Welcome, Guest. Please login or register.
Did you miss your activation email?
May 30, 2017, 02:16 am

Updated Topics | Recent Unread Topics
Home Help Search Login Register

+  Dragon Mountain
|-+  Forum
| |-+  Science! and Sports
| | |-+  Ask your dumb Science questions here, you idiot
Pages: 1 [2] 3 4 5 Print
Author Topic: Ask your dumb Science questions here, you idiot  (Read 30266 times)
thermus aquaticus
Still Owes Me Five Bucks



View Profile
« Reply #20 on: September 25, 2012, 06:56 pm »

Unless you're starting with ice water, the salt won't help anything. It'll just take longer to for the freezer to cool it down because there's a bunch of water around the drinks.
Logged

Wooer et ass, 2013
RummyLu
The PUNisher
Probably a postbot



View Profile
« Reply #21 on: September 28, 2012, 07:54 am »

I have been really really sick this week, and because of public holidays my doctor was incommunicado. Also, because a bunch of fuckwits decided to sell mass amounts of poisonous bootleg hard liquor there was a nation wide ban on selling spirits (now lifted, but fuck those guys anyway because now I finally have antibiotics.)

Basically this meant I was desperate for some form of relief but I couldn't make ye olde home remedy for coughing of a hot toddy.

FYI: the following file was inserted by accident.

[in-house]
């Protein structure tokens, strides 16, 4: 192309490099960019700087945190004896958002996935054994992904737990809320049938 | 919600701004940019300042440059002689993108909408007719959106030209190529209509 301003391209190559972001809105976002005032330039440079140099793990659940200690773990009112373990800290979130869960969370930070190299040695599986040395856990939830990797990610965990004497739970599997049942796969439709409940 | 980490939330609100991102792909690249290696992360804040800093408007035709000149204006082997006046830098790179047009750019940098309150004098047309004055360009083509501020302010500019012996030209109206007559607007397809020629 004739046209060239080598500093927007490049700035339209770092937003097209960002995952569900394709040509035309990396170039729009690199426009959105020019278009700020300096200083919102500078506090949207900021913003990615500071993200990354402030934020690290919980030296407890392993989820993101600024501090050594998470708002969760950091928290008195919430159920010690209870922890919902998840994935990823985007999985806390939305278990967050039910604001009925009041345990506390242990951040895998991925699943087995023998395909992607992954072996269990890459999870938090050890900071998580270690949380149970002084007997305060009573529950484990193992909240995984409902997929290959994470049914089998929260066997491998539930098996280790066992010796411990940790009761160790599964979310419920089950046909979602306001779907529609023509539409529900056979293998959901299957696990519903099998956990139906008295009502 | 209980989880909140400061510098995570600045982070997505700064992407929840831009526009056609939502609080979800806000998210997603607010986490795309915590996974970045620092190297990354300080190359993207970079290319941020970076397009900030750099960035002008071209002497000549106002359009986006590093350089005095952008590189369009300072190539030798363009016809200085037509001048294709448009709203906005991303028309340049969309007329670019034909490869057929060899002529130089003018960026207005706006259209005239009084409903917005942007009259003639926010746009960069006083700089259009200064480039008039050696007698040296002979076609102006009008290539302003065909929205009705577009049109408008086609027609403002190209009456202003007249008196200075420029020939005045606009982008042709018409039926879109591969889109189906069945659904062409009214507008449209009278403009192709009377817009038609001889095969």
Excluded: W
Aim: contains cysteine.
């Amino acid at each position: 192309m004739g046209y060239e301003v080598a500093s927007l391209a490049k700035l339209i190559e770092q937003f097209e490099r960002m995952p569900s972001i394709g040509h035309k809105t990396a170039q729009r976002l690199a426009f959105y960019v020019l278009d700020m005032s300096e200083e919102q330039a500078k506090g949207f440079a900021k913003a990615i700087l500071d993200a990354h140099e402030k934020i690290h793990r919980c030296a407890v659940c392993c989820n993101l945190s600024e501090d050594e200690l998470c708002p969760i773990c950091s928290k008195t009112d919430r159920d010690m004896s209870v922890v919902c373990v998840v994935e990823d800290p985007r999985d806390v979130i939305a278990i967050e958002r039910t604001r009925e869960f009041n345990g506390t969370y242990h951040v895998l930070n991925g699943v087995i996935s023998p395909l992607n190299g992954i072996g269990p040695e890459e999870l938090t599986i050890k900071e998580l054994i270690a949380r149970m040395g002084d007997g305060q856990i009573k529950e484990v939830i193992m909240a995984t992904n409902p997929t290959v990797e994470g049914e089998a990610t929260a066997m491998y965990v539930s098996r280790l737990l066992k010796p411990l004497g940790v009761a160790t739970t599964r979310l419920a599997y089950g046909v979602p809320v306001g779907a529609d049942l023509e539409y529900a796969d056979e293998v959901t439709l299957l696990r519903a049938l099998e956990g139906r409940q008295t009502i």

Anyway, I googled around and tried hot milk and honey. It has consistently knocked me out like a glorious opioid sledgehammer for the better part of the past week. I'd like to know how it did this? The internet is divided and tells me that it's mostly psychological but although I was breastfed as a baby, I've never used warm milk as a sleeping aid in my life before this.
Logged

"Iíll retract the rape complaint from the wombat, because heís pulled out."
spermus
Still Owes Me Five Bucks



View Profile
« Reply #22 on: September 28, 2012, 04:11 pm »

There's a lot of sugar and fat in milk and honey. That might be dehydrating you, and dehydration makes people sleepy. That's the only physical cause I can think of. Why not just go with the psychological explanation? It sounds good to me.
Logged

That was not the bear I was expecting in a gay blowjob.
HyperGlavin
bridge and tunnel dyke
Probably a postbot


I'm a cool guy irl


View Profile
« Reply #23 on: September 29, 2012, 02:01 am »